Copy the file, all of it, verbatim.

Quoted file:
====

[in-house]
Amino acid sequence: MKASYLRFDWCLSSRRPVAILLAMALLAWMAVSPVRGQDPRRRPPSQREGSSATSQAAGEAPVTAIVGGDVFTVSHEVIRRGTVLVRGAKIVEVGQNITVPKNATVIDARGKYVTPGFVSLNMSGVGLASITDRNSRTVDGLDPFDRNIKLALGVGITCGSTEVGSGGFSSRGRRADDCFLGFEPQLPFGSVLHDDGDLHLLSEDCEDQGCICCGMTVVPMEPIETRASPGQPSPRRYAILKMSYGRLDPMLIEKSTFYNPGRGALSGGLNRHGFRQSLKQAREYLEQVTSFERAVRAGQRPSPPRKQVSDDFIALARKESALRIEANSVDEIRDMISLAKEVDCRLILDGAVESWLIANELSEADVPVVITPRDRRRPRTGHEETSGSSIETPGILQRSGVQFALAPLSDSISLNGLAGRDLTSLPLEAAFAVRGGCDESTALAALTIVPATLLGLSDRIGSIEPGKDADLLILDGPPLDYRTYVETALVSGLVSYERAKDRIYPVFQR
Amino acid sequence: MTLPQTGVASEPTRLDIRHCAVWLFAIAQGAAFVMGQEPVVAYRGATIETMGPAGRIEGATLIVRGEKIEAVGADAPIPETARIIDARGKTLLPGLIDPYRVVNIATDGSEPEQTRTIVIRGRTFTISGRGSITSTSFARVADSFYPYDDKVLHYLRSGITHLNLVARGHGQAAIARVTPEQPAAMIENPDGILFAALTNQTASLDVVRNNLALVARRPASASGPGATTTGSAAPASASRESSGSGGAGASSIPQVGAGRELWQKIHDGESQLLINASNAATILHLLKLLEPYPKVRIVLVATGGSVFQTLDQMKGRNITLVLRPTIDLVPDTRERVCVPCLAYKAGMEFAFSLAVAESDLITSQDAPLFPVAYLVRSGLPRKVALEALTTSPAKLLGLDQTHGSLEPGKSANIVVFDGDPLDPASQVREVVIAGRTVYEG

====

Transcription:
[in-house]
Amino acid sequence: MKASYLRFDWCLSSRRPVAILLAMALLAWMAVSPVRGQDPRRRPPSQREGSSATSQAAGEAPVTAIVGGDVFTVSHEVIRRGTVLVRGAKIVEVGQNITVPKNATVIDARGKYVTPGFVSLNMSGVGLASITDRNSRTVDGLDPFDRNIKLALGVGITCGSTEVGSGGFSSRGRRADDCFLGFEPQLPFGSVLHDDGDLHLLSEDCEDQGCICCGMTVVPMEPIETRASPGQPSPRRYAILKMSYGRLDPMLIEKSTFYNPGRGALSGGLNRHGFRQSLKQAREYLEQVTSFERAVRAGQRPSPPRKQVSDDFIALARKESALRIEANSVDEIRDMISLAKEVDCRLILDGAVESWLIANELSEADVPVVITPRDRRRPRTGHEETSGSSIETPGILQRSGVQFALAPLSDSISLNGLAGRDLTSLPLEAAFAVRGGCDESTALAALTIVPATLLGLSDRIGSIEPGKDADLLILDGPPLDYRTYVETALVSGLVSYERAKDRIYPVFQR
Amino acid sequence: MTLPQTGVASEPTRLDIRHCAVWLFAIAQGAAFVMGQEPVVAYRGATIETMGPAGRIEGATLIVRGEKIEAVGADAPIPETARIIDARGKTLLPGLIDPYRVVNIATDGSEPEQTRTIVIRGRTFTISGRGSITSTSFARVADSFYPYDDKVLHYLRSGITHLNLVARGHGQAAIARVTPEQPAAMIENPDGILFAALTNQTASLDVVRNNLALVARRPASASGPGATTTGSAAPASASRESSGSGGAGASSIPQVGAGRELWQKIHDGESQLLINASNAATILHLLKLLEPYPKVRIVLVATGGSVFQTLDQMKGRNITLVLRPTIDLVPDTRERVCVPCLAYKAGMEFAFSLAVAESDLITSQDAPLFPVAYLVRSGLPRKVALEALTTSPAKLLGLDQTHGSLEPGKSANIVVFDGDPLDPASQVREVVIAGRTVYEG